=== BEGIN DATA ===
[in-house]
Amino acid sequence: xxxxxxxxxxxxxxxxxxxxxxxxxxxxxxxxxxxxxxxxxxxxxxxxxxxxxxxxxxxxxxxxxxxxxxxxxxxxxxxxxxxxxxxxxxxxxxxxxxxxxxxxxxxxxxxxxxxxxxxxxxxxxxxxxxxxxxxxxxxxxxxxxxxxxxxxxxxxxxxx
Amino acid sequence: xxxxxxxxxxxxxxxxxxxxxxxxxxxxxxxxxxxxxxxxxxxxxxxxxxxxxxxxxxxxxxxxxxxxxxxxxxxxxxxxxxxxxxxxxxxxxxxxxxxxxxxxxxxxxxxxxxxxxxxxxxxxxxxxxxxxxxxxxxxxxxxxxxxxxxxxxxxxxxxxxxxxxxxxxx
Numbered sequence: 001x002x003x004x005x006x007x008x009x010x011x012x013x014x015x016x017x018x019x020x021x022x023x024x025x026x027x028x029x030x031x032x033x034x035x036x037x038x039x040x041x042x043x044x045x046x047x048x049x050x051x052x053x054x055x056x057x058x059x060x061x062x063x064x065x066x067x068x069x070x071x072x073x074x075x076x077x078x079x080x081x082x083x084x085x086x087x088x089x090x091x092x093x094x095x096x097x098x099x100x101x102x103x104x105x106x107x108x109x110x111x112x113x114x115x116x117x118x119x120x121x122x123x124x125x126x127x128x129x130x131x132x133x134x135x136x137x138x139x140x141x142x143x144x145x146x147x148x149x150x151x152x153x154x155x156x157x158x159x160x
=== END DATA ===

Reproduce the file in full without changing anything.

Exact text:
[in-house]
Amino acid sequence: xxxxxxxxxxxxxxxxxxxxxxxxxxxxxxxxxxxxxxxxxxxxxxxxxxxxxxxxxxxxxxxxxxxxxxxxxxxxxxxxxxxxxxxxxxxxxxxxxxxxxxxxxxxxxxxxxxxxxxxxxxxxxxxxxxxxxxxxxxxxxxxxxxxxxxxxxxxxxxxx
Amino acid sequence: xxxxxxxxxxxxxxxxxxxxxxxxxxxxxxxxxxxxxxxxxxxxxxxxxxxxxxxxxxxxxxxxxxxxxxxxxxxxxxxxxxxxxxxxxxxxxxxxxxxxxxxxxxxxxxxxxxxxxxxxxxxxxxxxxxxxxxxxxxxxxxxxxxxxxxxxxxxxxxxxxxxxxxxxxx
Numbered sequence: 001x002x003x004x005x006x007x008x009x010x011x012x013x014x015x016x017x018x019x020x021x022x023x024x025x026x027x028x029x030x031x032x033x034x035x036x037x038x039x040x041x042x043x044x045x046x047x048x049x050x051x052x053x054x055x056x057x058x059x060x061x062x063x064x065x066x067x068x069x070x071x072x073x074x075x076x077x078x079x080x081x082x083x084x085x086x087x088x089x090x091x092x093x094x095x096x097x098x099x100x101x102x103x104x105x106x107x108x109x110x111x112x113x114x115x116x117x118x119x120x121x122x123x124x125x126x127x128x129x130x131x132x133x134x135x136x137x138x139x140x141x142x143x144x145x146x147x148x149x150x151x152x153x154x155x156x157x158x159x160x